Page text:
by the Lord their God—more emphatic than "by Myself"; by that Jehovah (Me) whom they worship as their God, whereas ye despise Him.
not . . . by bow—on which ye Israelites rely (Hosea 1:5, "the bow of Israel"); Jeroboam II was famous as a warrior (2 Kings 14:25). Yet it was not by their warlike power Jehovah would save Judah (1 Samuel 17:47; Psalms 20:7). The deliverance of Jerusalem from Sennacherib (Psalms 20:7- :), and the restoration from Babylon, are herein predicted.
8. weaned—said to complete the symbolical picture, not having any special signification as to Israel [HENDERSON]. Israel was bereft of all the privileges which were as needful to them as milk is to infants (compare Psalms 131:2; 1 Peter 2:2) [VATABLUS]. Israel was not suddenly, but gradually cast off; God bore with them with long-suffering, until they were incurable [CALVIN]. But as it is not God, but Gomer who weans Lo-ruhamah, the weaning may imply the lust of Gomer, who was hardly weaned when she is again pregnant [MANGER].
9. Lo-Ammi—once "My people," but henceforth not so ( :-). The intervals between the marriage and the successive births of the three children, imply that three successive generations are intended. Jezreel, the first child, represents the dynasty of Jeroboam I and his successors, ending with Jehu's shedding the blood of Jeroboam's line in Jezreel; it was there that Jezebel was slain, in vengeance for Naboth's blood shed in the same Jezreel (1 Kings 16:1; 2 Kings 9:21; 2 Kings 9:30). The scenes of Jezreel were to be enacted over again on Jehu's degenerate race. At Jezreel Assyria routed Israel [JEROME]. The child's name associates past sins, intermediate punishments, and final overthrow. Lo-ruhamah ("not pitied"), the second child, is a daughter, representing the effeminate period which followed the overthrow of the first dynasty, when Israel was at once abject and impious. Lo-Ammi ("not my people"), the third child, a son, represents the vigorous dynasty (2 Kings 9:30- :) of Jeroboam II; but, as prosperity did not bring with it revived piety, they were still not God's people.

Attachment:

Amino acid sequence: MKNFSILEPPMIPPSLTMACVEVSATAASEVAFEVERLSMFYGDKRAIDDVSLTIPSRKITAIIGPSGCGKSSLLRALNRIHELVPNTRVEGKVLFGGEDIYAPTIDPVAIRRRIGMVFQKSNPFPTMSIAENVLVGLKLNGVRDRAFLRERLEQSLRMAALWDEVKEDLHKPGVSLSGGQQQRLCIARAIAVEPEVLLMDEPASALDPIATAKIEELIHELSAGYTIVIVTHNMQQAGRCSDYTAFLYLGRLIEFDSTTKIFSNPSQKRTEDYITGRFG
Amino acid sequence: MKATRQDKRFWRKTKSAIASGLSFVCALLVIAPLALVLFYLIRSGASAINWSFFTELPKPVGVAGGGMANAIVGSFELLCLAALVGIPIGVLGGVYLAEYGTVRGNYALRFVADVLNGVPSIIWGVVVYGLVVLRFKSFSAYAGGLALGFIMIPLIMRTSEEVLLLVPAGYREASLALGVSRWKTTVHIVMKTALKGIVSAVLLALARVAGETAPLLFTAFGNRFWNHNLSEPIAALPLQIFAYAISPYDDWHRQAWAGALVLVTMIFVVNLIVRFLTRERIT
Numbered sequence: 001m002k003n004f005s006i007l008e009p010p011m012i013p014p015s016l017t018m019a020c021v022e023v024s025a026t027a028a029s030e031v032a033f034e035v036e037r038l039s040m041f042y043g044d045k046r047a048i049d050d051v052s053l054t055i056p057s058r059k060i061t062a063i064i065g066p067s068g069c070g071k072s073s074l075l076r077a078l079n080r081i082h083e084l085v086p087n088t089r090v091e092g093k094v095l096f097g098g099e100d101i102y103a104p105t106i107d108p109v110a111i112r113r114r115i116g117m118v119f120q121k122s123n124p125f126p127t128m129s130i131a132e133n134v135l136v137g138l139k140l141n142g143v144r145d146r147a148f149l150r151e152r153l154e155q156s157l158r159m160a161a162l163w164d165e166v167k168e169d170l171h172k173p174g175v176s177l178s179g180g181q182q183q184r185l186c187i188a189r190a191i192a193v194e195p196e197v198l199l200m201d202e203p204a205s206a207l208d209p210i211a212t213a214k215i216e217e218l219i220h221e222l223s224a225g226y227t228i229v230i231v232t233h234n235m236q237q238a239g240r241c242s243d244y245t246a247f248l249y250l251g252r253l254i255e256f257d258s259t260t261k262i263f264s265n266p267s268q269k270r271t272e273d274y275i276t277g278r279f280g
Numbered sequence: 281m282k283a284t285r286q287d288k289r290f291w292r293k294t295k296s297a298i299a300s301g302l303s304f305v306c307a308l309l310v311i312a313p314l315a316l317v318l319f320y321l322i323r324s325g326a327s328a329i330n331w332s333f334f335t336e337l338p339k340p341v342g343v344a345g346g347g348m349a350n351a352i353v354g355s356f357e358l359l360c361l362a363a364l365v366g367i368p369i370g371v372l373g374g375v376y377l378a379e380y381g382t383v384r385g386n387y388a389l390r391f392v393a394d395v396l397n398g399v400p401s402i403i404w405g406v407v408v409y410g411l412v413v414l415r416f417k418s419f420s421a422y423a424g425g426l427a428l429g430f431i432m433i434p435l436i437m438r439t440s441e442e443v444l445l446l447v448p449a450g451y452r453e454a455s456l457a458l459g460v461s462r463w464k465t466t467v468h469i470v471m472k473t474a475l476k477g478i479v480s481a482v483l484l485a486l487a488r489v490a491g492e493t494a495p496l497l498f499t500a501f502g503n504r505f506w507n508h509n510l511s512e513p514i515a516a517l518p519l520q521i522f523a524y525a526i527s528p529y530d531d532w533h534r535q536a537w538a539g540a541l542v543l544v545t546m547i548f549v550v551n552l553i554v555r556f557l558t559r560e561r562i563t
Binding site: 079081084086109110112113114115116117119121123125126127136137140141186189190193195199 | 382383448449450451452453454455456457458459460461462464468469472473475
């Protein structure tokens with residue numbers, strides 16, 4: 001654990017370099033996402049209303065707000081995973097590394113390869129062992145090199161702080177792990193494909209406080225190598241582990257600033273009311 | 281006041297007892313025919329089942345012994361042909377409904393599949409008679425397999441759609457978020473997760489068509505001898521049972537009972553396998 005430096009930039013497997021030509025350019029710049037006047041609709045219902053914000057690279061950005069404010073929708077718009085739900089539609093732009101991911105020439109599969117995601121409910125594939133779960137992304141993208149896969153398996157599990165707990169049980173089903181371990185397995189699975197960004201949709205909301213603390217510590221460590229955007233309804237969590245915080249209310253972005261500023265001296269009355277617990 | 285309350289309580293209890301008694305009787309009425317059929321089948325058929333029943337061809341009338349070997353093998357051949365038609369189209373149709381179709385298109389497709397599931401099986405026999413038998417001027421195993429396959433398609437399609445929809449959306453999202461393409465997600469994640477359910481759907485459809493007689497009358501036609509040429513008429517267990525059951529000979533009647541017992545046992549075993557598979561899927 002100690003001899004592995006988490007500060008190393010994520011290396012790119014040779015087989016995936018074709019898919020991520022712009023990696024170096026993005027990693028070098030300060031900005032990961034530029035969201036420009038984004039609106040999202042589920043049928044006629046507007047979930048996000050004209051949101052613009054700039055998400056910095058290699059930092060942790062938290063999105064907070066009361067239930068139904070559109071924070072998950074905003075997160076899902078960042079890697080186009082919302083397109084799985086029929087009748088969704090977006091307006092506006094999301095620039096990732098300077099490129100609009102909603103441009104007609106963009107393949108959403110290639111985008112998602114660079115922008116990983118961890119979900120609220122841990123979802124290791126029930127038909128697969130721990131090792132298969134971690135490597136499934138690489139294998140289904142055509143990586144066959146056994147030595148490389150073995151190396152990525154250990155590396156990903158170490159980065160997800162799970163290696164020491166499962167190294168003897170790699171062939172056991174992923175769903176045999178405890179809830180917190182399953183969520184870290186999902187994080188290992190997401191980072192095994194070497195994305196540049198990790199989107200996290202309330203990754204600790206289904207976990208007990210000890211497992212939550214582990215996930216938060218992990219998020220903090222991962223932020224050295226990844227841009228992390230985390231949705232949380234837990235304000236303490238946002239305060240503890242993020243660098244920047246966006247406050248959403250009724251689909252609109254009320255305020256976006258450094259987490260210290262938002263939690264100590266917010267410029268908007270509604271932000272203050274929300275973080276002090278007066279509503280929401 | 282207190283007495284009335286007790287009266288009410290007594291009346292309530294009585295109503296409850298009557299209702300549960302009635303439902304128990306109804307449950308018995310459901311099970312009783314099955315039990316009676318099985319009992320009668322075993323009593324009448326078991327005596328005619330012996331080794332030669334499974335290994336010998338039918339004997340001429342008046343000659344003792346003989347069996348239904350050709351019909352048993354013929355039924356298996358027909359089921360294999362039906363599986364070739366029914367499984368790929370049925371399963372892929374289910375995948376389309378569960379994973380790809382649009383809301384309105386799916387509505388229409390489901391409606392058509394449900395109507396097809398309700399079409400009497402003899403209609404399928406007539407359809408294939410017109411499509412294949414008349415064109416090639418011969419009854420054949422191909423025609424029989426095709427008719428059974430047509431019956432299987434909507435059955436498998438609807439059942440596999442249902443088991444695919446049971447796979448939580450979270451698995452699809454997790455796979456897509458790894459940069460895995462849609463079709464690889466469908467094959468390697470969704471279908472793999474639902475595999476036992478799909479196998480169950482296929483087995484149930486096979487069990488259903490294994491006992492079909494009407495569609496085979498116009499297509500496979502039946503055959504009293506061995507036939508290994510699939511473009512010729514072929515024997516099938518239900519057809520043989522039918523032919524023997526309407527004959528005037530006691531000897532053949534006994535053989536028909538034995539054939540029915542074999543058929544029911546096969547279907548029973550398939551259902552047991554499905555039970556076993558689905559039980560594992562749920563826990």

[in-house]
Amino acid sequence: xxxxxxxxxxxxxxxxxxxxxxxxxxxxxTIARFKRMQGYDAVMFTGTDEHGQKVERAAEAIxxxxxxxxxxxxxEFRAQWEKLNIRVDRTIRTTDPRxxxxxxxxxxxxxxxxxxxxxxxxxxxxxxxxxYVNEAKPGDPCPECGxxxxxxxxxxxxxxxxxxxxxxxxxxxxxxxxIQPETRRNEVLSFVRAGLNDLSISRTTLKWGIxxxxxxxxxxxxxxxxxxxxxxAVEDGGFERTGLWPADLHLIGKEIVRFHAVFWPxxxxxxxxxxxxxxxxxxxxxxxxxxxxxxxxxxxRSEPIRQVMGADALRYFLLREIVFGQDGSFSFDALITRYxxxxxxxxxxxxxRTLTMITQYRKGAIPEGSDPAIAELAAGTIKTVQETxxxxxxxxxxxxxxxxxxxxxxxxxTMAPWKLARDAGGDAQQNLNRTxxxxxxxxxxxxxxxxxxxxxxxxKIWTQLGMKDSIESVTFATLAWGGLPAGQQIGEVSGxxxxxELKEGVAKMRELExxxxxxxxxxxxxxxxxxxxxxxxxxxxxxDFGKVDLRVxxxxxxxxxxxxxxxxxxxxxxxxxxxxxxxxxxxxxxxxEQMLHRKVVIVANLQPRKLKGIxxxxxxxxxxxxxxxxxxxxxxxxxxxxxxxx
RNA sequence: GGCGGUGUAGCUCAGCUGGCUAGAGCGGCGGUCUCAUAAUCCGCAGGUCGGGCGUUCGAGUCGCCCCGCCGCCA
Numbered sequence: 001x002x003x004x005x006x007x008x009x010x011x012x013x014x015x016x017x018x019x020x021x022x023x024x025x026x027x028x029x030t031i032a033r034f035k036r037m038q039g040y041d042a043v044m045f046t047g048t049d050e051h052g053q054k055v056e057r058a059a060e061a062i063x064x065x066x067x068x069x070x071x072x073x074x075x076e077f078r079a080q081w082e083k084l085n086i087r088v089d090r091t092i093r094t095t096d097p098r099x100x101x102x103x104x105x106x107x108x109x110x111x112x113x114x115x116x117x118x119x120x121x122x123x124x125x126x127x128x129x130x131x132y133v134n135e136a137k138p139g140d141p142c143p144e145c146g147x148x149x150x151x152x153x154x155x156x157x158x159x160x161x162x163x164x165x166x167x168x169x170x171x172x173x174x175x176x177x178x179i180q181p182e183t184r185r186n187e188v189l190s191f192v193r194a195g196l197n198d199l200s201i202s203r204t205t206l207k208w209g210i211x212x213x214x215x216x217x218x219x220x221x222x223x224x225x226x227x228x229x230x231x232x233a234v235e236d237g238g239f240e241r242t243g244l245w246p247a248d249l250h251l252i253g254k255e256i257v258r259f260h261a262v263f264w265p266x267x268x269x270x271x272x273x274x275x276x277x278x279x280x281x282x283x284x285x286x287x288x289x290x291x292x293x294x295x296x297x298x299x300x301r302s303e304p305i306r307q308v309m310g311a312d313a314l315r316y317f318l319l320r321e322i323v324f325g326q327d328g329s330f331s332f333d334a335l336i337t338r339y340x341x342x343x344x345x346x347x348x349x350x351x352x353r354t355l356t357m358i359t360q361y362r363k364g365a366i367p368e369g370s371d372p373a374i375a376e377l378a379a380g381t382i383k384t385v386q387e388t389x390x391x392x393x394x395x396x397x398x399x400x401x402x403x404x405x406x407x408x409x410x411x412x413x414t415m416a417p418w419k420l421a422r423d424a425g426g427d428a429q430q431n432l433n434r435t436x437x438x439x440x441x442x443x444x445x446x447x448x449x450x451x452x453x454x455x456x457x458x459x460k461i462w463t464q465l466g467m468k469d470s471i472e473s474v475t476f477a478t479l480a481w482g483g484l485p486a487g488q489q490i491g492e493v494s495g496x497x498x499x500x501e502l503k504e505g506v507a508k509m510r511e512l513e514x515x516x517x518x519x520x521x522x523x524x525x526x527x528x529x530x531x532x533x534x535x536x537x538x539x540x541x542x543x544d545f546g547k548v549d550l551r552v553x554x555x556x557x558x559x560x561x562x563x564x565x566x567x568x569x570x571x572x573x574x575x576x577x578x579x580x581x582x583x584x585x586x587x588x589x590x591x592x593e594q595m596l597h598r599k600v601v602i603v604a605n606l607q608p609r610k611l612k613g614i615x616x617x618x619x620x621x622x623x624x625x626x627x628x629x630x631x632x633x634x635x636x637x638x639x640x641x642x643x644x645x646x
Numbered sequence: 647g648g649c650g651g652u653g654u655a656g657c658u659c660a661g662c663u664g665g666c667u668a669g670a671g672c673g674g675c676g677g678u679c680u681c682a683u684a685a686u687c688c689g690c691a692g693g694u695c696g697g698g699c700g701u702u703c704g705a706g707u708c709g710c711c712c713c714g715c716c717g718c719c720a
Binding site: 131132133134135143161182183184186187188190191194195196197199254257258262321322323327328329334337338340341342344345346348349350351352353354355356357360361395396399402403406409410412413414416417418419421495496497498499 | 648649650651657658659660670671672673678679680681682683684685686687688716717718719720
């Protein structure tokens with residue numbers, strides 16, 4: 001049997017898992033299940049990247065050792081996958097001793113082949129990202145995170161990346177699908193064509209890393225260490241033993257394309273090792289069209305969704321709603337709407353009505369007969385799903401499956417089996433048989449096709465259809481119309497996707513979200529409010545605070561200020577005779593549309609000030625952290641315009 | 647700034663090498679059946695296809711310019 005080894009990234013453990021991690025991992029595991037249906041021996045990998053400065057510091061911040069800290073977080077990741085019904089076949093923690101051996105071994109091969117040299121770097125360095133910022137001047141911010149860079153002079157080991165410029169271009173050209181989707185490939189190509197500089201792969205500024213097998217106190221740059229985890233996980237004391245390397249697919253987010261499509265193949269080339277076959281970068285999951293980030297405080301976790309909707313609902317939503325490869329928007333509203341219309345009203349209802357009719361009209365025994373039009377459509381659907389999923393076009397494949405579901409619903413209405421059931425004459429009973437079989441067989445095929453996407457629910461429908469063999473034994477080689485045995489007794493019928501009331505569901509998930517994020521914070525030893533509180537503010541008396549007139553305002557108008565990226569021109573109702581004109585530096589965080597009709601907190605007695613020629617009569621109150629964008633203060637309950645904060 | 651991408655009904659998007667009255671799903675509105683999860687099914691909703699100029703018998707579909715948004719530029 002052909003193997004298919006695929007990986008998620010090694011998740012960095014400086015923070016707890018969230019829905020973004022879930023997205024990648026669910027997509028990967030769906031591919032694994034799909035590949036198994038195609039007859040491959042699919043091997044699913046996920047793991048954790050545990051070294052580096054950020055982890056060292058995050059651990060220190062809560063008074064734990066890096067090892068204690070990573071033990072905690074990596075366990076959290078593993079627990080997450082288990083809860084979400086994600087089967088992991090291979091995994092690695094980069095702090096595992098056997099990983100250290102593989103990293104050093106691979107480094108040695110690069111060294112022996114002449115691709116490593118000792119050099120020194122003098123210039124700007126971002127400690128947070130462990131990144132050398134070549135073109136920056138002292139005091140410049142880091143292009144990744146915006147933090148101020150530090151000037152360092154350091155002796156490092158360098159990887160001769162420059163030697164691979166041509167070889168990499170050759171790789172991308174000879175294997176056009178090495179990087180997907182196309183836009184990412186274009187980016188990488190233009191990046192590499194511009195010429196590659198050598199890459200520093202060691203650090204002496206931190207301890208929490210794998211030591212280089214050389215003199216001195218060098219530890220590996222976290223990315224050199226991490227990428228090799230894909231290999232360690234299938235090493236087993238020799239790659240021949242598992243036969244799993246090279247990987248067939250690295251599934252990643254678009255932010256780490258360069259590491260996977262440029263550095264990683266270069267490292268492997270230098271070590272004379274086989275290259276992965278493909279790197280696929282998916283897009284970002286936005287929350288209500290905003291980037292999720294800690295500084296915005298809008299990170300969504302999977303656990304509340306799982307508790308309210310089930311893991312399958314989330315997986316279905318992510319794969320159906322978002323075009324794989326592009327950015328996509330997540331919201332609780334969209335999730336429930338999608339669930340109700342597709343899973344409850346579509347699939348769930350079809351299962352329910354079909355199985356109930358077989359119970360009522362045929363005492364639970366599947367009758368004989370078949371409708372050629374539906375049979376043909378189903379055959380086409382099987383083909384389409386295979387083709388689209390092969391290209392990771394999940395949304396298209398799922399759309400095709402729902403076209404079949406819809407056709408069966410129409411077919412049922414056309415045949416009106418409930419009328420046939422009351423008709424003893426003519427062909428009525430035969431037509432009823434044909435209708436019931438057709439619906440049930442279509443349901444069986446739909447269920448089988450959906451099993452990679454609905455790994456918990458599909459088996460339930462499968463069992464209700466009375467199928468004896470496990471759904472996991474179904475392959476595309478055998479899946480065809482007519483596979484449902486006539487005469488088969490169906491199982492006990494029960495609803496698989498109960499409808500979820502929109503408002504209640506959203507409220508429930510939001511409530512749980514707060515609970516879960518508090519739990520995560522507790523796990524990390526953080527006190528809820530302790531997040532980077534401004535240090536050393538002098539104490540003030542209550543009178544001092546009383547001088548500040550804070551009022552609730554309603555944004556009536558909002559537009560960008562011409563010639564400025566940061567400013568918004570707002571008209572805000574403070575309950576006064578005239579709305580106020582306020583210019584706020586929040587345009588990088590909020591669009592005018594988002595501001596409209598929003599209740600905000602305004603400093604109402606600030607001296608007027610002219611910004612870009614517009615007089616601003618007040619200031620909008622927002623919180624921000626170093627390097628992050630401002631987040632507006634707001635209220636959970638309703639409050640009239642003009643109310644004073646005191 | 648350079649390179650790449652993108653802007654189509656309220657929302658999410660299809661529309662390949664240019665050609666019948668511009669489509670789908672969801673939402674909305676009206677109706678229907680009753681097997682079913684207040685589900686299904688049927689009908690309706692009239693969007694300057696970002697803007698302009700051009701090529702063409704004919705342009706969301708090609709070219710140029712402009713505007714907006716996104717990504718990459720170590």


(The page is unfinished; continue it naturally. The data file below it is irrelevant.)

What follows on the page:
10. Literally fulfilled in part at the return from Babylon, in which many Israelites joined with Judah. Spiritually, the believing seed of Jacob or Israel, Gentiles as well as Jews, numerous "as the sand" ( :-); the Gentiles, once not God's people, becoming His "sons" (John 1:12; Romans 9:25; Romans 9:26; 1 Peter 2:10; 1 John 3:1). To be fulfilled in its literal fulness hereafter in Israel's restoration (1 John 3:1- :).
the living God—opposed to their dead idols.
11. Judah . . . Israel . . . together— (Isaiah 11:12; Isaiah 11:13; Jeremiah 3:18; Ezekiel 34:23; Ezekiel 37:16-24).
one head—Zerubbabel typically; Christ antitypically, under whom alone Israel and Judah are joined, the "Head" of the Church (Ephesians 1:22; Ephesians 5:23), and of the hereafter united kingdom of Judah and Israel (Jeremiah 34:5; Jeremiah 34:6; Ezekiel 34:23). Though "appointed" by the Father (Ezekiel 34:23- :), Christ is in another sense "appointed" as their Head by His people, when they accept and embrace Him as such.
out of the land—of the Gentiles among whom they sojourn.
the day of Jezreel—"The day of one" is the time of God's special visitation of him, either in wrath or in mercy. Here "Jezreel" is in a different sense from that in Hosea 1:4, "God will sow," not "God will scatter"; they shall be the seed of God, planted by God again in their own land (Jeremiah 24:6; Jeremiah 31:28; Jeremiah 32:41; Amos 9:15).
These files are a derivative of an electronic edition prepared from text scanned by Woodside Bible Fellowship.
This expanded edition of the Jameison-Faussett-Brown Commentary is in the public domain and may be freely used and distributed.
Jamieson, Robert, D.D.; Fausset, A. R.; Brown, David. "Commentary on Hosea 1". "Commentary Critical and Explanatory on the Whole Bible". https://www.studylight.org/
the Week of Proper 15 / Ordinary 20